Farther into the swamp of cultural relativism
Those German-Turkish women rock. Necla Kelek tells Ian Buruma what’s what.
Reading his response to Pascal Bruckner’s essay “Enlightenment fundamentalism or racism of the anti-racists?” one is tempted to say to Ian Buruma, “If only you had kept quiet!” He clearly felt himself caught out, and despite his insistence to the contrary, his reply only leads him further into the swamp of cultural relativism…Ash and Buruma are quite typical in their argumentation, and virtually exemplary in their politically dubious cultural relativism…[Buruma] maintains that one cannot make generalised statements about Islam, as Ayaan Hirsi Ali does. That is a rather astonishing statement from a man who is…a professor of democracy and human rights.
Astonishing but, as Kelek says, all too typical. Think Bunting, think Bunting on sharia. It’s one solution to the recurring problem: how to fend off (or better yet, shame out of existence) criticism of Islam and thus be kind to Muslims, at least to those Muslims who get all torn up inside when Islam is criticized. Say it’s various, or sharia is about spiritual improvement, or both. But…
Let us look at the question of human rights and women’s rights, for example. In those areas, Muslims are very united indeed. On August 5, 1990, 45 foreign ministers of the Organisation of the Islamic Conference, the highest international secular body in the Muslim world, signed “The Cairo Declaration on Human Rights in Islam.” In that document, Muslims from around the world expressed their common attitudes towards human rights.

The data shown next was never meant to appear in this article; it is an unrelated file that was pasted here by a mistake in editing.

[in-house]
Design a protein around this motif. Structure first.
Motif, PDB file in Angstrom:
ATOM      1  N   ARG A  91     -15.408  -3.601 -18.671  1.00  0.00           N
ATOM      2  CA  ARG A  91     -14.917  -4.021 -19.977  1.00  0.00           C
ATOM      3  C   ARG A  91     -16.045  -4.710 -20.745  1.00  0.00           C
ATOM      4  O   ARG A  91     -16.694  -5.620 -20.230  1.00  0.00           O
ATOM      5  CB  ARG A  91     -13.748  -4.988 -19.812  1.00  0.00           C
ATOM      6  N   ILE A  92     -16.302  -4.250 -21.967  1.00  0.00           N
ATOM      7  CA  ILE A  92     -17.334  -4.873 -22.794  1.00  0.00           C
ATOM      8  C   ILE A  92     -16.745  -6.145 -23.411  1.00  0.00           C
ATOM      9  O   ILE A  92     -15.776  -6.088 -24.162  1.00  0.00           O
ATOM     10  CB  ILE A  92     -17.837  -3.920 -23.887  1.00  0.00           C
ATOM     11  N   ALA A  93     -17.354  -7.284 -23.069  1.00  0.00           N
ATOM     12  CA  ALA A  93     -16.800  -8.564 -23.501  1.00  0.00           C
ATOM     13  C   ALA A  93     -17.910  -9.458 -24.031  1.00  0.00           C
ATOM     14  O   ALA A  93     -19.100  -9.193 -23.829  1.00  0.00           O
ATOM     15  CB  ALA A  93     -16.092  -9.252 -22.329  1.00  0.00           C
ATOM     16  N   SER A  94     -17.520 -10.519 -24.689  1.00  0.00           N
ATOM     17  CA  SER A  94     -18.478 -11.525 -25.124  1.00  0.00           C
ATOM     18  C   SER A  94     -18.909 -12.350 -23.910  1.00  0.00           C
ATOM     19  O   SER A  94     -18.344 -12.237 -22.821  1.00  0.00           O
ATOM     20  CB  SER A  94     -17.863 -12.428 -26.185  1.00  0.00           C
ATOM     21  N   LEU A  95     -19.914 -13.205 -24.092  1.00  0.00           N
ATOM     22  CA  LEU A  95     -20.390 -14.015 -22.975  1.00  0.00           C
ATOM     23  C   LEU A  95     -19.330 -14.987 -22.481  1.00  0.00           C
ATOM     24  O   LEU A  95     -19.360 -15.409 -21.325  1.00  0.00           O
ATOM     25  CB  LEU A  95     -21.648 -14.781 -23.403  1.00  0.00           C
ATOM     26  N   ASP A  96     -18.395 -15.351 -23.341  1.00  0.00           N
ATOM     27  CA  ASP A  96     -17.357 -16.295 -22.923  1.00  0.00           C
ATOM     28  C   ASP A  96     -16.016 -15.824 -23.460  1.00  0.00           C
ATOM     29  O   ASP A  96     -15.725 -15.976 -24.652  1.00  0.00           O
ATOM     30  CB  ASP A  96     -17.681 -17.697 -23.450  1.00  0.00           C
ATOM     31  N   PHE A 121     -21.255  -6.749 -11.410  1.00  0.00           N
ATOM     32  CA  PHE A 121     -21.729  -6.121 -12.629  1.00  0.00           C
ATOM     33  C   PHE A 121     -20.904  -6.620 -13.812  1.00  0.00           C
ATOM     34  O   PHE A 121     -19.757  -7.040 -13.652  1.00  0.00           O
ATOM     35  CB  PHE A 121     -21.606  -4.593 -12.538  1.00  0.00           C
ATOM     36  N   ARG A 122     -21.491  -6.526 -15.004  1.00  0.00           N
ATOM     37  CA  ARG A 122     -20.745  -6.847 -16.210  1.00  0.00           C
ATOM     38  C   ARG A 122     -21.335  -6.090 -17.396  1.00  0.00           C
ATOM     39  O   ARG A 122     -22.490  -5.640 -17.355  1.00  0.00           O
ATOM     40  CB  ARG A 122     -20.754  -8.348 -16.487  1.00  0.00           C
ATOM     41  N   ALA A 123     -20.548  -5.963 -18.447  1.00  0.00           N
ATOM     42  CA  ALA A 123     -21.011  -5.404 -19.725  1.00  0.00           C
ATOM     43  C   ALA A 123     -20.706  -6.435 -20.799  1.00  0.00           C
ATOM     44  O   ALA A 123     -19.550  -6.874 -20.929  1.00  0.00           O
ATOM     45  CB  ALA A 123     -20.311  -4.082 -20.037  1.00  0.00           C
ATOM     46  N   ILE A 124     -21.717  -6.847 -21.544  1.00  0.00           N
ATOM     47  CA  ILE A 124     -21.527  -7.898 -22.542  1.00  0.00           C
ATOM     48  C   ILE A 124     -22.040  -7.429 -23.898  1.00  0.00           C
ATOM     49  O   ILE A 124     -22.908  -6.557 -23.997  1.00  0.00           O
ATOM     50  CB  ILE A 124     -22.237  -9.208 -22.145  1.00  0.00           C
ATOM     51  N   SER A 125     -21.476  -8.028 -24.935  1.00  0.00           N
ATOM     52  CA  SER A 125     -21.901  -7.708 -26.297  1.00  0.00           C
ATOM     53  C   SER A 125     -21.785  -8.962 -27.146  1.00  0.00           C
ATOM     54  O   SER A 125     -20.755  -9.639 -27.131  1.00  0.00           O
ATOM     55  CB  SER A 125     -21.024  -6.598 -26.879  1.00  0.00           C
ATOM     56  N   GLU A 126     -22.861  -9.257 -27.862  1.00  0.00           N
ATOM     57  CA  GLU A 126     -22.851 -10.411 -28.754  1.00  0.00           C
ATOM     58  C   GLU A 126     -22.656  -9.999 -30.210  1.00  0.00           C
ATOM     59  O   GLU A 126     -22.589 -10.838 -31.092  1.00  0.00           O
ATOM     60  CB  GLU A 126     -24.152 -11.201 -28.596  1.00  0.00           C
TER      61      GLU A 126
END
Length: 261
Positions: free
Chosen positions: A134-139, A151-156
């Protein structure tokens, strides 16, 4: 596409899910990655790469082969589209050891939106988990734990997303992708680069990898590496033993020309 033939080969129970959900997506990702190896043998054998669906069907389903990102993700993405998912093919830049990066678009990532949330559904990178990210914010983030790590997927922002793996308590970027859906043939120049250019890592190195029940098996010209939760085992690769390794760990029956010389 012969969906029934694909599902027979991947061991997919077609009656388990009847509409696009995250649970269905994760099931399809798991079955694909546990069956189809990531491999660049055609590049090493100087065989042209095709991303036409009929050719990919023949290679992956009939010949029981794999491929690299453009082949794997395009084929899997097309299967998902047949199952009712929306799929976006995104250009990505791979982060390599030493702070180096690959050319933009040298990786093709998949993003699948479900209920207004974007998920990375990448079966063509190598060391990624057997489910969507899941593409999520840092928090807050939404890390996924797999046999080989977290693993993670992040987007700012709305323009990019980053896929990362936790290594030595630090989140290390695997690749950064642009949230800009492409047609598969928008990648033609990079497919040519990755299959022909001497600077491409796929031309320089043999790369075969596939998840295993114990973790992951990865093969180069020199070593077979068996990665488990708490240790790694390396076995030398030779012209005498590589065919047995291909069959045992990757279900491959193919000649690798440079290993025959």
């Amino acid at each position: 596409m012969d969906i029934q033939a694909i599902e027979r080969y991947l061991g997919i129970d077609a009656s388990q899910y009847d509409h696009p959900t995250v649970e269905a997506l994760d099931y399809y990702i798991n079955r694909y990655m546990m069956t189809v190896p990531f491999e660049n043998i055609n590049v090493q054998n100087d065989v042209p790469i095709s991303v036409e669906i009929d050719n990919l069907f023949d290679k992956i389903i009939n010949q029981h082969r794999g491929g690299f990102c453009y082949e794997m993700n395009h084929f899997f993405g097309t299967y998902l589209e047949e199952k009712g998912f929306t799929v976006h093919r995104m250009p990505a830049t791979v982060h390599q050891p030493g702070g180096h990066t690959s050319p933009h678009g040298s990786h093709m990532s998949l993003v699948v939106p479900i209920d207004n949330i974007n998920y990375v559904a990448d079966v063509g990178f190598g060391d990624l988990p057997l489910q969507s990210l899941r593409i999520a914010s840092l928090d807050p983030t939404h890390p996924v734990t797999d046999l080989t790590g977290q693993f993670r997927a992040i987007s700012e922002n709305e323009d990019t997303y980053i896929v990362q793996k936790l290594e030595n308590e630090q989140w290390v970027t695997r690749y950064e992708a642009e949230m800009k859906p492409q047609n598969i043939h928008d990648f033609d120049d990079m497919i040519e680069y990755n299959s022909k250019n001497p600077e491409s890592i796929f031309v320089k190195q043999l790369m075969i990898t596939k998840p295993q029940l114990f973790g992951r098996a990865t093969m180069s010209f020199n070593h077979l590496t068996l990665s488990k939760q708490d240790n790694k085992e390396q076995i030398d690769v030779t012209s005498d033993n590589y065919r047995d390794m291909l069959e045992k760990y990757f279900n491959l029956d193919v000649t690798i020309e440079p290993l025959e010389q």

Human rights in Islam are a little different from human rights not in Islam. Okay more than a little different. Kelek points out several of the ways.
Buruma’s third stereotype goes: Critics of Islam are denunciators. He writes that Hirsi Ali’s “denunciations” are not very “helpful”…In Mr Buruma’s view, she should not have done so because as an “avowed atheist” – next stereotype – she could not contribute to the reform of Islam. Another astonishing position for an academic specialising in human rights and democracy. Cultural relativists prefer not to hear about arranged marriages, honour killings (25 deaths in Istanbul last year alone) and other violations of human rights….If Mr Buruma wants to take a serious look at the disregard of “variations” in the Muslim world, he’s set himself a large task. To cite just one out of many possible examples: What to do with all the women living in the over 60 countries where Sharia law oibtains, who are not allowed to marry without a Wali, that is, without the permission of a parent or guardian?
Yes but the thing is, it’s not helpful for avowed atheists to denounce such things, because – um – well for the same reason it wasn’t helpful for black people to denounce Jim Crow laws, or for women to denounce legal and cultural constraints on women. See?